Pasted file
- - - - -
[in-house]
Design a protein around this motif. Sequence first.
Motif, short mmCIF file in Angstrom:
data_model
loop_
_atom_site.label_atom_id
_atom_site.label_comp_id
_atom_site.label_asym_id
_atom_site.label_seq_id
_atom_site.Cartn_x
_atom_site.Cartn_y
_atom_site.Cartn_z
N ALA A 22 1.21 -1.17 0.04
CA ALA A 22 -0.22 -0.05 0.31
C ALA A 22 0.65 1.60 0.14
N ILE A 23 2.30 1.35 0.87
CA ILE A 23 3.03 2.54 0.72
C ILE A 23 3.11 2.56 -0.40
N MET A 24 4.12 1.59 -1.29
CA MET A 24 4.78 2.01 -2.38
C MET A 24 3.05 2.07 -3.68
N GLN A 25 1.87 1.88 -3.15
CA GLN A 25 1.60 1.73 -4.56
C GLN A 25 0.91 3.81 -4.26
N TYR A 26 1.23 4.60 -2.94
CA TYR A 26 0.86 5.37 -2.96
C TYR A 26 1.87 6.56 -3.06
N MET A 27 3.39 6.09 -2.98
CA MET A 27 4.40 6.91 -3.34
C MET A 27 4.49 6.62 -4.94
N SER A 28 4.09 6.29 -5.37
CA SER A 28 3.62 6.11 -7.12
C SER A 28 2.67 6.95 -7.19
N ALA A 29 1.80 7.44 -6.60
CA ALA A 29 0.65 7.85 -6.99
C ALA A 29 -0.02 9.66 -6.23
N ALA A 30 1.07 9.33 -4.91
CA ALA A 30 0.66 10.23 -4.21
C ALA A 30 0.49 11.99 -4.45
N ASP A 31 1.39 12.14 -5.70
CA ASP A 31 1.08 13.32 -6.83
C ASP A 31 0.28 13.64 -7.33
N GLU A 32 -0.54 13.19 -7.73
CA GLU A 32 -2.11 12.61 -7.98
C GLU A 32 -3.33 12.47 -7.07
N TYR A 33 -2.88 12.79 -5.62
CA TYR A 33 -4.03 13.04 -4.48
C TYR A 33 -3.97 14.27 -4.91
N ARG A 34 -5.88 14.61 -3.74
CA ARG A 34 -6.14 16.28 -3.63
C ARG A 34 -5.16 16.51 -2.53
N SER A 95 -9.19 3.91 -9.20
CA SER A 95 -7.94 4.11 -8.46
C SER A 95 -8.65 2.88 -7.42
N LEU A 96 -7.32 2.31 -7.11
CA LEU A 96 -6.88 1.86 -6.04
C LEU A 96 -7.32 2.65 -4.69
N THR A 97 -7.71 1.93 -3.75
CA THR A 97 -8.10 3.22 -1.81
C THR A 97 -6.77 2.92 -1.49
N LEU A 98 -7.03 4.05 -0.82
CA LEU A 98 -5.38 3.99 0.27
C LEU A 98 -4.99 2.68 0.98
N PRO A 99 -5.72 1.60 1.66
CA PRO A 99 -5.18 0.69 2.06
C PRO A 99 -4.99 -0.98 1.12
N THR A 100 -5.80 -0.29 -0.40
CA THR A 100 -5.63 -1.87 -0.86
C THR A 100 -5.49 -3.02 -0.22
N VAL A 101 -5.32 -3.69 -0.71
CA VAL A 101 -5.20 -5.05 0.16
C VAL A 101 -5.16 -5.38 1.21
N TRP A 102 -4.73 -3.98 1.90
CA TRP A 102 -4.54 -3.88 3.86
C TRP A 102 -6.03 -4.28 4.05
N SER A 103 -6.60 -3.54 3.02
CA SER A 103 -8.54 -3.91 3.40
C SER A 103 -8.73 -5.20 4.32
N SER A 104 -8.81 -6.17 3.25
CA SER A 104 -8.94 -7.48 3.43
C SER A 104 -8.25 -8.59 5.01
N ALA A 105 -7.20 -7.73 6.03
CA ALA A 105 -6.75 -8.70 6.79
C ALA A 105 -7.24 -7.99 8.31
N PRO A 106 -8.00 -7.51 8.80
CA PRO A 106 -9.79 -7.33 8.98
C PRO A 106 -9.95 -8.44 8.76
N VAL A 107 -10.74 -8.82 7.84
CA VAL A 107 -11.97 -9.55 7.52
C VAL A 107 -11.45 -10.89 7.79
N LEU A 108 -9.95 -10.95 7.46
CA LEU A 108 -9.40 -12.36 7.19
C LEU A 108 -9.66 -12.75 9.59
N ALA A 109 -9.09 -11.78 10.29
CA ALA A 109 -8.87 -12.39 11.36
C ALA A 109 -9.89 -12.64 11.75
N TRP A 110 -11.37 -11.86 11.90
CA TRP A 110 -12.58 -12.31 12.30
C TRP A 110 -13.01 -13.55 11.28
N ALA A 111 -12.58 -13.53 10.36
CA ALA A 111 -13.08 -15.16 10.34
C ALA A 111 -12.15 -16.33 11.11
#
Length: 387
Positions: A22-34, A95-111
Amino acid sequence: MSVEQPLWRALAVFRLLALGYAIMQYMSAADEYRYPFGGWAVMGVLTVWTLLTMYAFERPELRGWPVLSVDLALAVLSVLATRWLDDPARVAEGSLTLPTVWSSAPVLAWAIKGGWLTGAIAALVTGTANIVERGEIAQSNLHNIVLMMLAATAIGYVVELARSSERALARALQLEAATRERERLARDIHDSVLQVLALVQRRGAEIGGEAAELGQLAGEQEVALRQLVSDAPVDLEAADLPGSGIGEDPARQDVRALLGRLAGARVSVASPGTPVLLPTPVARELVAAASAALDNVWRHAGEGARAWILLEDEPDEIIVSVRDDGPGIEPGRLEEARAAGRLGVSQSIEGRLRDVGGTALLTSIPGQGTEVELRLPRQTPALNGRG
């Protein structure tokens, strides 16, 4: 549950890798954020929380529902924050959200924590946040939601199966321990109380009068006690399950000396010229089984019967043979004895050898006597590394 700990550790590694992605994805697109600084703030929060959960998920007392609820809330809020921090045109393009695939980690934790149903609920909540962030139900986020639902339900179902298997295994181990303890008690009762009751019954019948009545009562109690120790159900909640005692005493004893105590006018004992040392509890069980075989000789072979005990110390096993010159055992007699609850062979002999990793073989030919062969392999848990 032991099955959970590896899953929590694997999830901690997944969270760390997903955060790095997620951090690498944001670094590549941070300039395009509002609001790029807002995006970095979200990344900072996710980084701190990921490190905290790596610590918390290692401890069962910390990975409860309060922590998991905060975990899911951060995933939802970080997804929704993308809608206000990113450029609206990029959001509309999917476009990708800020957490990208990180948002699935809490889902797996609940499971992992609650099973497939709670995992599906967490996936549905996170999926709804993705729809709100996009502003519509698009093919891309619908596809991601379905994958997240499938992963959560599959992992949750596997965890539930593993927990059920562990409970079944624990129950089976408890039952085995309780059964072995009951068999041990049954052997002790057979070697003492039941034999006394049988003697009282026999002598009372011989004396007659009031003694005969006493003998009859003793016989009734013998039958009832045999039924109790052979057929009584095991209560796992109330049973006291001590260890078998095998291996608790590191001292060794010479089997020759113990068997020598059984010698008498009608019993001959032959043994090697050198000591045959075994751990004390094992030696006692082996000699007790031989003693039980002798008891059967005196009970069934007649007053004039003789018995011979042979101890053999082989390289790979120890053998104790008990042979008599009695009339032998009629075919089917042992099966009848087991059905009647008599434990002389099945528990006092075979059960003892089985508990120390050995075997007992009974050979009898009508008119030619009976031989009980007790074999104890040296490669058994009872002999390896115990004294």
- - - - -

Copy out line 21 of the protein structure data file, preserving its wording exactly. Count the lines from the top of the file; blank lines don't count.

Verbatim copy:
C MET A 24 3.05 2.07 -3.68